Welcome to part 5 of my 7 1/2 part guide to Google Webmaster Tools. In this post I will be covering everything under the Crawl section.
This area of Google Webmaster Tools that contain a lot of advanced features used to control the search visibility of your website and provide you with with information on how often your site is crawled. The first area in this section is called Crawl Errors.
I’m not going to spend too much time on this section since I covered it in Part 1, so I will just do a quick review. This section shows us a list of errors that Google has found when crawling our websites within the last 90 days. We are able to download that list which includes server codes, URLs and the date detected, providing you with more information to diagnose and solve those issues. Recently added features include showing errors from Smartphones and Googlebot-mobile crawl errors. From here you can also see data from DNS, Server connectivity and Robots.txt.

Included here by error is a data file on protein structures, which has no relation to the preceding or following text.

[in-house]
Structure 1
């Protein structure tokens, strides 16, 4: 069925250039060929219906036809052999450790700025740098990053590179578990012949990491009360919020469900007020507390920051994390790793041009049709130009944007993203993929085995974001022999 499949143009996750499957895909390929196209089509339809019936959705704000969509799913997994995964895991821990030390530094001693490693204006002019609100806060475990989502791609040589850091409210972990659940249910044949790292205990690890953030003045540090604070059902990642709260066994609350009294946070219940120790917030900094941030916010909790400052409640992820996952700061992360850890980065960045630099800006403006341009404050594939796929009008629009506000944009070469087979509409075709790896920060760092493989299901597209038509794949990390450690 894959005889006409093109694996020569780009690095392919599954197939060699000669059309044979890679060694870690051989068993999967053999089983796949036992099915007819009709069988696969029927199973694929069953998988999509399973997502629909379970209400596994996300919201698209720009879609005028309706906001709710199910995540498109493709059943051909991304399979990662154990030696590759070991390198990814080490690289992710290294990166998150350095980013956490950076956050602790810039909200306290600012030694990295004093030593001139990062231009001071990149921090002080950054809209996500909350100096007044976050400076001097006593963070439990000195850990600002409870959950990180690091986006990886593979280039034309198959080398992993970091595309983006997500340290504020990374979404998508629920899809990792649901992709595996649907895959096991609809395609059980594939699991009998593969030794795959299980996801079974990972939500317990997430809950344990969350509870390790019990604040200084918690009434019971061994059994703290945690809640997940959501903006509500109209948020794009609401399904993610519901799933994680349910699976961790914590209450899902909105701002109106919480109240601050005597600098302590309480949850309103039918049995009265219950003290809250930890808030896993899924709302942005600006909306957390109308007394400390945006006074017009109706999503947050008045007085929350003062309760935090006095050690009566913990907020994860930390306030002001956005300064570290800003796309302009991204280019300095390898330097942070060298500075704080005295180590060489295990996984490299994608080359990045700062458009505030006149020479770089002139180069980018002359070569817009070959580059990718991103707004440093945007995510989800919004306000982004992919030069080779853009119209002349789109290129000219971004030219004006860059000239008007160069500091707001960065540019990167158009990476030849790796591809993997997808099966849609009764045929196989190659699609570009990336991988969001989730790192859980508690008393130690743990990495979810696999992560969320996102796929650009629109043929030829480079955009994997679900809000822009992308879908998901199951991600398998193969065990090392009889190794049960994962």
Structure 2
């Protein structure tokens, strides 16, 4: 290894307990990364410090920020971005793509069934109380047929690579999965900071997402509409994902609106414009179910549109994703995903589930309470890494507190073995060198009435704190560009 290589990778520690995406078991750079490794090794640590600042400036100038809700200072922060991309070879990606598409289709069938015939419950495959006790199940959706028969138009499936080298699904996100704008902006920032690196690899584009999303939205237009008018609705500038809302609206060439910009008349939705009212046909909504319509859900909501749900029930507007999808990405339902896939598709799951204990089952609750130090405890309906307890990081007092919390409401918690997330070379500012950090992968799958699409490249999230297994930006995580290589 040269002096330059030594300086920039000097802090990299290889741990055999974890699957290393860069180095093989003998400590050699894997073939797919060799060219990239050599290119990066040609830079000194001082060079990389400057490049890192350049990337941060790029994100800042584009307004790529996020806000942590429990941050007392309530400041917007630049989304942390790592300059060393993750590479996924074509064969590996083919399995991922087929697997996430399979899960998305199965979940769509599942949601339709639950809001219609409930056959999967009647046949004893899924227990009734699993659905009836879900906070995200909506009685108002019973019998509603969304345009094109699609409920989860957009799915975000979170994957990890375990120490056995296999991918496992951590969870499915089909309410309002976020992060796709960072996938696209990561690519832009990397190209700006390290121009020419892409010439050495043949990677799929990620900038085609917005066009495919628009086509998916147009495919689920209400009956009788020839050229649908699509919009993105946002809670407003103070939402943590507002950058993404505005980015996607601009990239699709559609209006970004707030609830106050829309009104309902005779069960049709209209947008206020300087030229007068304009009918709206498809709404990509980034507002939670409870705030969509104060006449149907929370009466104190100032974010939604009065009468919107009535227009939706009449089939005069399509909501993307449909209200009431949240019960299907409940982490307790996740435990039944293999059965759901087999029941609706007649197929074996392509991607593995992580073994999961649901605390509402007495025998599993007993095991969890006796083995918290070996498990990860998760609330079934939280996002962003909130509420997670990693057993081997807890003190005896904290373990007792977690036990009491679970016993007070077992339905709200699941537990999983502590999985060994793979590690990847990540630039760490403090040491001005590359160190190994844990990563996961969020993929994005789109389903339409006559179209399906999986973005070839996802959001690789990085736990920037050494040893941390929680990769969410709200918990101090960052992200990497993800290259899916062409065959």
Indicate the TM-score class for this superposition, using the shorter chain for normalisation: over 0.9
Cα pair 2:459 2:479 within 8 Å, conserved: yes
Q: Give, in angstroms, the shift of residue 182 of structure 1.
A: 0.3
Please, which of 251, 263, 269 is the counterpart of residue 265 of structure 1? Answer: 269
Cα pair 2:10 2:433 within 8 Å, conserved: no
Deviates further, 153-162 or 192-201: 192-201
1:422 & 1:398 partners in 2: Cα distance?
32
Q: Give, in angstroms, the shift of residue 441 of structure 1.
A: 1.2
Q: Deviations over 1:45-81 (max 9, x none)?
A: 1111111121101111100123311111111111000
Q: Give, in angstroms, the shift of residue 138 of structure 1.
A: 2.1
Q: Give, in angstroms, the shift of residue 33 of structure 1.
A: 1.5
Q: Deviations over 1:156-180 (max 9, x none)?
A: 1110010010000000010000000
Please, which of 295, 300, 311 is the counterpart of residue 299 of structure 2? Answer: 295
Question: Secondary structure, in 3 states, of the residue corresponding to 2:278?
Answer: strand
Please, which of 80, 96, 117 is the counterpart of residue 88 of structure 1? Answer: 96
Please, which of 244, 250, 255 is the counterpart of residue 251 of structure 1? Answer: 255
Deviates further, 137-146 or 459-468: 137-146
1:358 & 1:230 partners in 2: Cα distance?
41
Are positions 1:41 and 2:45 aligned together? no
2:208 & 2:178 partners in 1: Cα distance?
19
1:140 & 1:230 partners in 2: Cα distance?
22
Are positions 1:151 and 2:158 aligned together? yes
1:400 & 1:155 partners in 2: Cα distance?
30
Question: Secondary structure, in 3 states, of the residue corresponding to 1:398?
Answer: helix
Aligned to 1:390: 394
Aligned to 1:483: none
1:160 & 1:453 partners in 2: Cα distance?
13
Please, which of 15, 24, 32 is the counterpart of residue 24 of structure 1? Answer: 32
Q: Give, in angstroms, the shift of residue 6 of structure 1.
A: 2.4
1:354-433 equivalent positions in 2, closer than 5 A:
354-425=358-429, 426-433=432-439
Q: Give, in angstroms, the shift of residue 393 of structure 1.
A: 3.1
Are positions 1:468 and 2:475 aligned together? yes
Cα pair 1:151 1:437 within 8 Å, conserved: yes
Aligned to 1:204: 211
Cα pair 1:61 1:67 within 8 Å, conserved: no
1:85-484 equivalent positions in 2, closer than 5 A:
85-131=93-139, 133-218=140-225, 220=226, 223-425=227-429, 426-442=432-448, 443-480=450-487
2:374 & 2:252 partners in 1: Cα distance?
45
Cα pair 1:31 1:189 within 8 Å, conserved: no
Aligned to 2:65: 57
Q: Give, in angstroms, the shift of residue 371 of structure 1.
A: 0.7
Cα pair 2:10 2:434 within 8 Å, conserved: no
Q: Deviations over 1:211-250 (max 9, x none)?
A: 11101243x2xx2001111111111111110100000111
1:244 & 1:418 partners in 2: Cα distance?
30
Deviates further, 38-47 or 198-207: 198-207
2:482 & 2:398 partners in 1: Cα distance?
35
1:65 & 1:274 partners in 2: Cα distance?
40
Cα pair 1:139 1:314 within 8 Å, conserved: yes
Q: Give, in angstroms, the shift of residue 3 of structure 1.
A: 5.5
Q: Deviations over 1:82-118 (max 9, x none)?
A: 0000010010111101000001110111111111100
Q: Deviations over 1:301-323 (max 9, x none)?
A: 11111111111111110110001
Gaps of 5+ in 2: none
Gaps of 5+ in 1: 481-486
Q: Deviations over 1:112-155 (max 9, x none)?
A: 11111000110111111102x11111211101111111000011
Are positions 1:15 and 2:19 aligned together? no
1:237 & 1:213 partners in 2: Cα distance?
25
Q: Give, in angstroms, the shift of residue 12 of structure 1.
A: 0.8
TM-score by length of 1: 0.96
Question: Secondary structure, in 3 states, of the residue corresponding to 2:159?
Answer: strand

This area under Crawl shows all Googlebot activity, on our website, for the past 90 days. There are three graphs we are presented with when we first land on this page: Pages crawled per day, Kilobytes downloaded per day and Time spent downloading a page (in milliseconds).
Rolling over a graph will provide us with the date it was crawled and information pertaining to that day. This could mean how many pages were crawled that day, how many kilobytes were downloaded or how much time was spend downloading a page. To the right of these charts are information highlights such as High, Average and Low. This makes it a lot easier if we need to diagnose any issues with site load time. If there are any issues with our site, Webmaster Tools allows you to Fetch as Google to see how Googlebot sees your page.